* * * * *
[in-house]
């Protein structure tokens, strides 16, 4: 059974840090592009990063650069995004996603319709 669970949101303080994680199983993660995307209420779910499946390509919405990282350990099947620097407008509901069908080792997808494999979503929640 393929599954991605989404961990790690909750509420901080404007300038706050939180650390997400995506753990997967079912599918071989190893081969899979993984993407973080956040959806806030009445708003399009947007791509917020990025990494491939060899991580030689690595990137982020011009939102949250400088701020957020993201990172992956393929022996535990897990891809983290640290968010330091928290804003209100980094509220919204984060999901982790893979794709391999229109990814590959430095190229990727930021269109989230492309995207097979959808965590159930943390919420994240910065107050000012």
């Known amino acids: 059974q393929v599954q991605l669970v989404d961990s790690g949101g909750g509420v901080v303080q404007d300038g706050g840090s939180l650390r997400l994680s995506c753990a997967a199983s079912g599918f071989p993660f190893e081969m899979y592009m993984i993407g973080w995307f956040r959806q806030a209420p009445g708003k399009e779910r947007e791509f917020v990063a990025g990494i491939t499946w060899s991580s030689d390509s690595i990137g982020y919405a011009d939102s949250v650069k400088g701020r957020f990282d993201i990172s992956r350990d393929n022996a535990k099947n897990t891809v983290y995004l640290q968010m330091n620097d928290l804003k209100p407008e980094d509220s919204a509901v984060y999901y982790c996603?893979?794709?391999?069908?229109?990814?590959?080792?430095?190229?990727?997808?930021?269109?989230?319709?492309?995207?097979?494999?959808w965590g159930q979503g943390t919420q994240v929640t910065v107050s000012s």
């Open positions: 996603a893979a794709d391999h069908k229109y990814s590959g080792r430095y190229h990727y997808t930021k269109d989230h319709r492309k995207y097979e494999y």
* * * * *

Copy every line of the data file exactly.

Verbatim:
[in-house]
């Protein structure tokens, strides 16, 4: 059974840090592009990063650069995004996603319709 669970949101303080994680199983993660995307209420779910499946390509919405990282350990099947620097407008509901069908080792997808494999979503929640 393929599954991605989404961990790690909750509420901080404007300038706050939180650390997400995506753990997967079912599918071989190893081969899979993984993407973080956040959806806030009445708003399009947007791509917020990025990494491939060899991580030689690595990137982020011009939102949250400088701020957020993201990172992956393929022996535990897990891809983290640290968010330091928290804003209100980094509220919204984060999901982790893979794709391999229109990814590959430095190229990727930021269109989230492309995207097979959808965590159930943390919420994240910065107050000012």
């Known amino acids: 059974q393929v599954q991605l669970v989404d961990s790690g949101g909750g509420v901080v303080q404007d300038g706050g840090s939180l650390r997400l994680s995506c753990a997967a199983s079912g599918f071989p993660f190893e081969m899979y592009m993984i993407g973080w995307f956040r959806q806030a209420p009445g708003k399009e779910r947007e791509f917020v990063a990025g990494i491939t499946w060899s991580s030689d390509s690595i990137g982020y919405a011009d939102s949250v650069k400088g701020r957020f990282d993201i990172s992956r350990d393929n022996a535990k099947n897990t891809v983290y995004l640290q968010m330091n620097d928290l804003k209100p407008e980094d509220s919204a509901v984060y999901y982790c996603?893979?794709?391999?069908?229109?990814?590959?080792?430095?190229?990727?997808?930021?269109?989230?319709?492309?995207?097979?494999?959808w965590g159930q979503g943390t919420q994240v929640t910065v107050s000012s």
């Open positions: 996603a893979a794709d391999h069908k229109y990814s590959g080792r430095y190229h990727y997808t930021k269109d989230h319709r492309k995207y097979e494999y």